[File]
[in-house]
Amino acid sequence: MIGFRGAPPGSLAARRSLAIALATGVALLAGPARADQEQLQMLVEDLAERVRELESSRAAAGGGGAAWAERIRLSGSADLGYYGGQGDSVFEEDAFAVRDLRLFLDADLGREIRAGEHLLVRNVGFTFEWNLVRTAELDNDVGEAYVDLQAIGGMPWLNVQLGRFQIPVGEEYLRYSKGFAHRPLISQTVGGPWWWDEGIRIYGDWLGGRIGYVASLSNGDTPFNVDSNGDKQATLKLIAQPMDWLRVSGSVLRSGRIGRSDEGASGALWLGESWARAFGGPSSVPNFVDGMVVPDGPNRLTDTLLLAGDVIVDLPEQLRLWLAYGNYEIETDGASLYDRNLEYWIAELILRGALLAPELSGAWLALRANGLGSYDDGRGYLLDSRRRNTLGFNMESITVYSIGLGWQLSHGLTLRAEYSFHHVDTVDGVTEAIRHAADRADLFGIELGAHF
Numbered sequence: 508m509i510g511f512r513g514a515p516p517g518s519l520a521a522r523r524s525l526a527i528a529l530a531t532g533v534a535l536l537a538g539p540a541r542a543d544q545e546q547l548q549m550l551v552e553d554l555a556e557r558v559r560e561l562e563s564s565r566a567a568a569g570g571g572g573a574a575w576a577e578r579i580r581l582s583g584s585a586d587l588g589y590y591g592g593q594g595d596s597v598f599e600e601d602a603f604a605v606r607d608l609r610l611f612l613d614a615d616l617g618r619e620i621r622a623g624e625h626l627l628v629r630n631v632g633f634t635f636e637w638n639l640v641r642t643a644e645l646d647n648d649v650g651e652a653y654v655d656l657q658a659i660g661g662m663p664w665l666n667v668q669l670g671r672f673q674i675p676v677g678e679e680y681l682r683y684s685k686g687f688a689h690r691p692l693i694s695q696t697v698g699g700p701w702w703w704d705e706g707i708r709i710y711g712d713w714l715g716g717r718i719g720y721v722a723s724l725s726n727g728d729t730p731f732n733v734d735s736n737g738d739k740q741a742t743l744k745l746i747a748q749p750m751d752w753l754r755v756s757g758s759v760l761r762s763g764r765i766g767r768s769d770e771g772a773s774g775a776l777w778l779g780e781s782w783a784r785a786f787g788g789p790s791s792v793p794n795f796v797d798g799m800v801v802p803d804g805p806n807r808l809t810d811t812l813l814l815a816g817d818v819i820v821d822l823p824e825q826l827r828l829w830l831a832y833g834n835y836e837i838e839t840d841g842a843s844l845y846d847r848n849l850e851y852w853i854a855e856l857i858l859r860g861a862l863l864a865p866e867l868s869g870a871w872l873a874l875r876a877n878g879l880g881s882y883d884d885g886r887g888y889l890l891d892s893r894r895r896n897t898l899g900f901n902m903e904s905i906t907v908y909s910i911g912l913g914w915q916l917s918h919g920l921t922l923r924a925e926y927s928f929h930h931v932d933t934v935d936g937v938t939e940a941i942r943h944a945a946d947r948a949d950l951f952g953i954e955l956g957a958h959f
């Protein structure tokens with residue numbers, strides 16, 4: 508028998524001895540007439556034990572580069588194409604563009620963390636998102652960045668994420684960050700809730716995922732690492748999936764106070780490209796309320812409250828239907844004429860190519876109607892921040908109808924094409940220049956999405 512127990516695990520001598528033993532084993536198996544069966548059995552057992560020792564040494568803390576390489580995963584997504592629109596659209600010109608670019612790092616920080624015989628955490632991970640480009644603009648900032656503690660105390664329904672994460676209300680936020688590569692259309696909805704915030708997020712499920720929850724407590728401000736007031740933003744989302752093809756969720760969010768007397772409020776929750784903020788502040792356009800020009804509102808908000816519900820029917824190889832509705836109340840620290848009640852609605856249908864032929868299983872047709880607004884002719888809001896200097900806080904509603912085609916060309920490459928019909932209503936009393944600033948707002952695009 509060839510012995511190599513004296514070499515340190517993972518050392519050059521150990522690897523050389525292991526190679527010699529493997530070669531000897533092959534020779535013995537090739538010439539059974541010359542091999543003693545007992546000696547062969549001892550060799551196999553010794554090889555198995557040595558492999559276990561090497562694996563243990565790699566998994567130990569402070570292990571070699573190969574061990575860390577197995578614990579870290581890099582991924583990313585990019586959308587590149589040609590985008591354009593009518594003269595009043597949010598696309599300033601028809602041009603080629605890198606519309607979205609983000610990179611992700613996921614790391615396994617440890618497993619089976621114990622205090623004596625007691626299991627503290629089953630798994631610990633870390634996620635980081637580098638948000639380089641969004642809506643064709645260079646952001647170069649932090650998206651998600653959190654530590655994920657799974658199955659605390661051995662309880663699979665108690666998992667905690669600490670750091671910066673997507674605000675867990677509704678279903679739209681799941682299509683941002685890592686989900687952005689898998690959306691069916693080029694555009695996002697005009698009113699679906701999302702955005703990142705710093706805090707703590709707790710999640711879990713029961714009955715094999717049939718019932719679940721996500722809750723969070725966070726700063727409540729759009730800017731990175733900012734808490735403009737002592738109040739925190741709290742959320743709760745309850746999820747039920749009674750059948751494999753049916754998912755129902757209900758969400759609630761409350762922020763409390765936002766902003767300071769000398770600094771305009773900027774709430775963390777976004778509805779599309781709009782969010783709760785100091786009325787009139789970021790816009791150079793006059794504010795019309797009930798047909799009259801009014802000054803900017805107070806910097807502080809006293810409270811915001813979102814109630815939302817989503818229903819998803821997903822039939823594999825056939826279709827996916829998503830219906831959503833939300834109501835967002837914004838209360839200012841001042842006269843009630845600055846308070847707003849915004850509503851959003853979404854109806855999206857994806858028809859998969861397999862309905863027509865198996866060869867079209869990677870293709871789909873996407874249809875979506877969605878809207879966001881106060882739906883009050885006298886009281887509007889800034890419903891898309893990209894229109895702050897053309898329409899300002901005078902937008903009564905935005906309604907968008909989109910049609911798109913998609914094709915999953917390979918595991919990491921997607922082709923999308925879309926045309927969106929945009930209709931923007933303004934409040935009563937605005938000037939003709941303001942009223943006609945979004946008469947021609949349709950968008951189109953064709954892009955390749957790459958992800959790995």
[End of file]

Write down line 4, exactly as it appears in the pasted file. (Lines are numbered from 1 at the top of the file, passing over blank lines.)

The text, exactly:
């Protein structure tokens with residue numbers, strides 16, 4: 508028998524001895540007439556034990572580069588194409604563009620963390636998102652960045668994420684960050700809730716995922732690492748999936764106070780490209796309320812409250828239907844004429860190519876109607892921040908109808924094409940220049956999405 512127990516695990520001598528033993532084993536198996544069966548059995552057992560020792564040494568803390576390489580995963584997504592629109596659209600010109608670019612790092616920080624015989628955490632991970640480009644603009648900032656503690660105390664329904672994460676209300680936020688590569692259309696909805704915030708997020712499920720929850724407590728401000736007031740933003744989302752093809756969720760969010768007397772409020776929750784903020788502040792356009800020009804509102808908000816519900820029917824190889832509705836109340840620290848009640852609605856249908864032929868299983872047709880607004884002719888809001896200097900806080904509603912085609916060309920490459928019909932209503936009393944600033948707002952695009 509060839510012995511190599513004296514070499515340190517993972518050392519050059521150990522690897523050389525292991526190679527010699529493997530070669531000897533092959534020779535013995537090739538010439539059974541010359542091999543003693545007992546000696547062969549001892550060799551196999553010794554090889555198995557040595558492999559276990561090497562694996563243990565790699566998994567130990569402070570292990571070699573190969574061990575860390577197995578614990579870290581890099582991924583990313585990019586959308587590149589040609590985008591354009593009518594003269595009043597949010598696309599300033601028809602041009603080629605890198606519309607979205609983000610990179611992700613996921614790391615396994617440890618497993619089976621114990622205090623004596625007691626299991627503290629089953630798994631610990633870390634996620635980081637580098638948000639380089641969004642809506643064709645260079646952001647170069649932090650998206651998600653959190654530590655994920657799974658199955659605390661051995662309880663699979665108690666998992667905690669600490670750091671910066673997507674605000675867990677509704678279903679739209681799941682299509683941002685890592686989900687952005689898998690959306691069916693080029694555009695996002697005009698009113699679906701999302702955005703990142705710093706805090707703590709707790710999640711879990713029961714009955715094999717049939718019932719679940721996500722809750723969070725966070726700063727409540729759009730800017731990175733900012734808490735403009737002592738109040739925190741709290742959320743709760745309850746999820747039920749009674750059948751494999753049916754998912755129902757209900758969400759609630761409350762922020763409390765936002766902003767300071769000398770600094771305009773900027774709430775963390777976004778509805779599309781709009782969010783709760785100091786009325787009139789970021790816009791150079793006059794504010795019309797009930798047909799009259801009014802000054803900017805107070806910097807502080809006293810409270811915001813979102814109630815939302817989503818229903819998803821997903822039939823594999825056939826279709827996916829998503830219906831959503833939300834109501835967002837914004838209360839200012841001042842006269843009630845600055846308070847707003849915004850509503851959003853979404854109806855999206857994806858028809859998969861397999862309905863027509865198996866060869867079209869990677870293709871789909873996407874249809875979506877969605878809207879966001881106060882739906883009050885006298886009281887509007889800034890419903891898309893990209894229109895702050897053309898329409899300002901005078902937008903009564905935005906309604907968008909989109910049609911798109913998609914094709915999953917390979918595991919990491921997607922082709923999308925879309926045309927969106929945009930209709931923007933303004934409040935009563937605005938000037939003709941303001942009223943006609945979004946008469947021609949349709950968008951189109953064709954892009955390749957790459958992800959790995």